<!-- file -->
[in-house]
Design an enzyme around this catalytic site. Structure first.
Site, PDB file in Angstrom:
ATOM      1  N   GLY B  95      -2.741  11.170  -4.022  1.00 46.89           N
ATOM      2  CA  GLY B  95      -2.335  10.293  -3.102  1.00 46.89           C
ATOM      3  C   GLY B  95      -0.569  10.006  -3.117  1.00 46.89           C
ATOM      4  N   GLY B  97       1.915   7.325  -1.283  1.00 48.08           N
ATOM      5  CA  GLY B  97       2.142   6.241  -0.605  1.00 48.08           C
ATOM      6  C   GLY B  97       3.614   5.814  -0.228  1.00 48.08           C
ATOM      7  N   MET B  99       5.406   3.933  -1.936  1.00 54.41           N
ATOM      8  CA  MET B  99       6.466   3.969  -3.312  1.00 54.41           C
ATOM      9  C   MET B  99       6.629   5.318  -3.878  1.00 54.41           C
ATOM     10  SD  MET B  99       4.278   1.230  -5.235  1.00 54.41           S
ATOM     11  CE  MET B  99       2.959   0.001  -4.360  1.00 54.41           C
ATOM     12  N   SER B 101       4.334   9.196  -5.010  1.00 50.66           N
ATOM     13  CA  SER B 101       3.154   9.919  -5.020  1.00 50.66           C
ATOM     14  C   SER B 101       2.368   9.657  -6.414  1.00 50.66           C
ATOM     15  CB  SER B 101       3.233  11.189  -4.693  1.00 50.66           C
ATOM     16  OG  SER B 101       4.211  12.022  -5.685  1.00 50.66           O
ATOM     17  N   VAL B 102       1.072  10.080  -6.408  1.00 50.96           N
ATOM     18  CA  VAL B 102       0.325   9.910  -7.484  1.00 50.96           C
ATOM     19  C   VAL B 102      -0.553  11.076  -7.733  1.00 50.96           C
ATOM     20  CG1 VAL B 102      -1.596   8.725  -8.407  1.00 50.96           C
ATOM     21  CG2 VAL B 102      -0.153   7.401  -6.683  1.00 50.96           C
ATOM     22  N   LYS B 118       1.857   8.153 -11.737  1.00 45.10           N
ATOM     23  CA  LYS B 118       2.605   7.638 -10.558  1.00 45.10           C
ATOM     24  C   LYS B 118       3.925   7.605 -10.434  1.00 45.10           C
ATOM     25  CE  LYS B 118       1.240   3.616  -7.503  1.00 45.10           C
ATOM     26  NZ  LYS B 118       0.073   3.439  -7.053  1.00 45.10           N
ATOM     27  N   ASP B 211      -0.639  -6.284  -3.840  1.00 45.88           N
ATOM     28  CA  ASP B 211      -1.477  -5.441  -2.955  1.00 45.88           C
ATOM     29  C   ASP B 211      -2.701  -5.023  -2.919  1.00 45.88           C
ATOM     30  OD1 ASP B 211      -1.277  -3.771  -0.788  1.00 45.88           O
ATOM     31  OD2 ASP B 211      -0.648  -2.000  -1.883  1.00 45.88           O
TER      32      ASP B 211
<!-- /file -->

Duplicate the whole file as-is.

[in-house]
Design an enzyme around this catalytic site. Structure first.
Site, PDB file in Angstrom:
ATOM      1  N   GLY B  95      -2.741  11.170  -4.022  1.00 46.89           N
ATOM      2  CA  GLY B  95      -2.335  10.293  -3.102  1.00 46.89           C
ATOM      3  C   GLY B  95      -0.569  10.006  -3.117  1.00 46.89           C
ATOM      4  N   GLY B  97       1.915   7.325  -1.283  1.00 48.08           N
ATOM      5  CA  GLY B  97       2.142   6.241  -0.605  1.00 48.08           C
ATOM      6  C   GLY B  97       3.614   5.814  -0.228  1.00 48.08           C
ATOM      7  N   MET B  99       5.406   3.933  -1.936  1.00 54.41           N
ATOM      8  CA  MET B  99       6.466   3.969  -3.312  1.00 54.41           C
ATOM      9  C   MET B  99       6.629   5.318  -3.878  1.00 54.41           C
ATOM     10  SD  MET B  99       4.278   1.230  -5.235  1.00 54.41           S
ATOM     11  CE  MET B  99       2.959   0.001  -4.360  1.00 54.41           C
ATOM     12  N   SER B 101       4.334   9.196  -5.010  1.00 50.66           N
ATOM     13  CA  SER B 101       3.154   9.919  -5.020  1.00 50.66           C
ATOM     14  C   SER B 101       2.368   9.657  -6.414  1.00 50.66           C
ATOM     15  CB  SER B 101       3.233  11.189  -4.693  1.00 50.66           C
ATOM     16  OG  SER B 101       4.211  12.022  -5.685  1.00 50.66           O
ATOM     17  N   VAL B 102       1.072  10.080  -6.408  1.00 50.96           N
ATOM     18  CA  VAL B 102       0.325   9.910  -7.484  1.00 50.96           C
ATOM     19  C   VAL B 102      -0.553  11.076  -7.733  1.00 50.96           C
ATOM     20  CG1 VAL B 102      -1.596   8.725  -8.407  1.00 50.96           C
ATOM     21  CG2 VAL B 102      -0.153   7.401  -6.683  1.00 50.96           C
ATOM     22  N   LYS B 118       1.857   8.153 -11.737  1.00 45.10           N
ATOM     23  CA  LYS B 118       2.605   7.638 -10.558  1.00 45.10           C
ATOM     24  C   LYS B 118       3.925   7.605 -10.434  1.00 45.10           C
ATOM     25  CE  LYS B 118       1.240   3.616  -7.503  1.00 45.10           C
ATOM     26  NZ  LYS B 118       0.073   3.439  -7.053  1.00 45.10           N
ATOM     27  N   ASP B 211      -0.639  -6.284  -3.840  1.00 45.88           N
ATOM     28  CA  ASP B 211      -1.477  -5.441  -2.955  1.00 45.88           C
ATOM     29  C   ASP B 211      -2.701  -5.023  -2.919  1.00 45.88           C
ATOM     30  OD1 ASP B 211      -1.277  -3.771  -0.788  1.00 45.88           O
ATOM     31  OD2 ASP B 211      -0.648  -2.000  -1.883  1.00 45.88           O
TER      32      ASP B 211